There are lots of renderings and blueprints floating around this city of ours these days. Land opening up, locations changing, possibilities revealed, new uses for old places and old places giving way to new. So it’s not surprising to see some smaller changes that are nevertheless highly visible. Thus comes word with the new week that Spin City, the corner tenant at Poplar and Highland in Poplar Plaza, will close with the new year and Spaghetti Warehouse, on Huling Downtown, will close later this month in the week before Thanksgiving.

57. City's Tentative Fairgrounds Plan Confirms Separating Coliseum from Youth Sports -

Memphis Mayor Jim Strickland’s tentative plan for the redevelopment of the Mid-South Fairgrounds, presented Monday, Nov. 6, included a renovation of old Melrose High School in neighboring Orange Mound and a confirmation that the city administration doesn’t think the Mid-South Coliseum should be part of a youth sports tournament complex.

58. Medical Marijuana Might Finally Get Past Objections -

Medical marijuana legislation is evolving, not to ease people’s debilitating pain but to help it pass the General Assembly, where it’s giving some lawmakers heartburn.

State Rep. Jeremy Faison, an East Tennessee Republican ferrying the bill through the House, is offering several changes to a bill he is sponsoring with Sen. Steve Dickerson, a Nashville Republican, to soothe the nerves of state bureaucrats and lawmakers who get shaky when the word marijuana is mentioned.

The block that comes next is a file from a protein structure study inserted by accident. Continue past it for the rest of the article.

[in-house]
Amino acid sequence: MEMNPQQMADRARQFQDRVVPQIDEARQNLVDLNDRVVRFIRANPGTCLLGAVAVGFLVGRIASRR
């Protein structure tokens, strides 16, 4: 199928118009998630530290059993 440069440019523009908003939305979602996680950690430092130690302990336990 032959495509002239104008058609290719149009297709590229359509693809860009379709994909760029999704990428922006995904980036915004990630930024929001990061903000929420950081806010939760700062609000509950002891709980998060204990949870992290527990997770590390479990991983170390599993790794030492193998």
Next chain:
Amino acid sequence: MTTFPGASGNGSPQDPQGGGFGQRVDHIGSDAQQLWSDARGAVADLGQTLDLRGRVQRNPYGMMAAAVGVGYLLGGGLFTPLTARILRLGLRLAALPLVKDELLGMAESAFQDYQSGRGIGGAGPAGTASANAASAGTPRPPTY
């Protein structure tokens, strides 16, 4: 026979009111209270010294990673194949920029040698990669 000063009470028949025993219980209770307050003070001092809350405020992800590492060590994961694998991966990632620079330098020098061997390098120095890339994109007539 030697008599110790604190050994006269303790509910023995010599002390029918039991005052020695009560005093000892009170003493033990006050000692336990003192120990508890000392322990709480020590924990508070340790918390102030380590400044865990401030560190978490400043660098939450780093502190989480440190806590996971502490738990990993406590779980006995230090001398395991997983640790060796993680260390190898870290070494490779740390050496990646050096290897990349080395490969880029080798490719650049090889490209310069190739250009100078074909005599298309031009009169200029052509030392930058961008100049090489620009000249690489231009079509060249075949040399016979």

59. Campbell Clinic Invests $30M In Germantown -

Campbell Clinic is in the throes of $30 million expansion of its Germantown campus, comprised today of a 60,000-square-foot clinic and 12,000-square-foot ambulatory surgery center on 15 acres near Wolf River Boulevard and Germantown Road.

60. Commercial Developers See Bright Future With Collierville's Growth -

The town of Collierville has been enjoying strong development activity in all sectors over the past several years, fueled by the area’s strong schools, low crime rate, plentiful amenities and an abundance of developable land.

61. Block Party Slated At MBCC Oct. 28 -

Mississippi Boulevard Christian Church (MBCC) will host a free community block party in conjunction with Crump Police Station at University Place Apartments from 9 a.m. to 1 p.m. on Saturday, Oct. 28.

62. Making the List -

With black-and-white images from Memphis in conflict circa 1968 projected larger than life on a video screen behind him, Kirk Whalum stood in the sanctuary of Clayborn Temple earlier this week talking about growing up in Memphis in that era.

63. Last Word: T.A. Talks Memphis, EDGE Debate and Politics, Lots of Politics -

Grizz season opener at the Forum Wednesday is a win over NOLA 103 – 91. And Tony Allen’s Grizz jersey is retired. The day before, Allen wrote a piece for The Players’ Tribune on the Memphis experience and it is just about the best thing that will happen to you all day. He just walks right off the court and into the soul of this place.

64. Amazon, Pfizer Approved for Tax Incentives -

Amazon was awarded a 15-year payment-in-lieu-of-taxes incentive by the Economic Development Growth Engine for Memphis and Shelby County at its Wednesday, Oct. 18, meeting, despite the online retailer’s proposed distribution center spurring a larger debate about the types of jobs the city should incentivize in the future.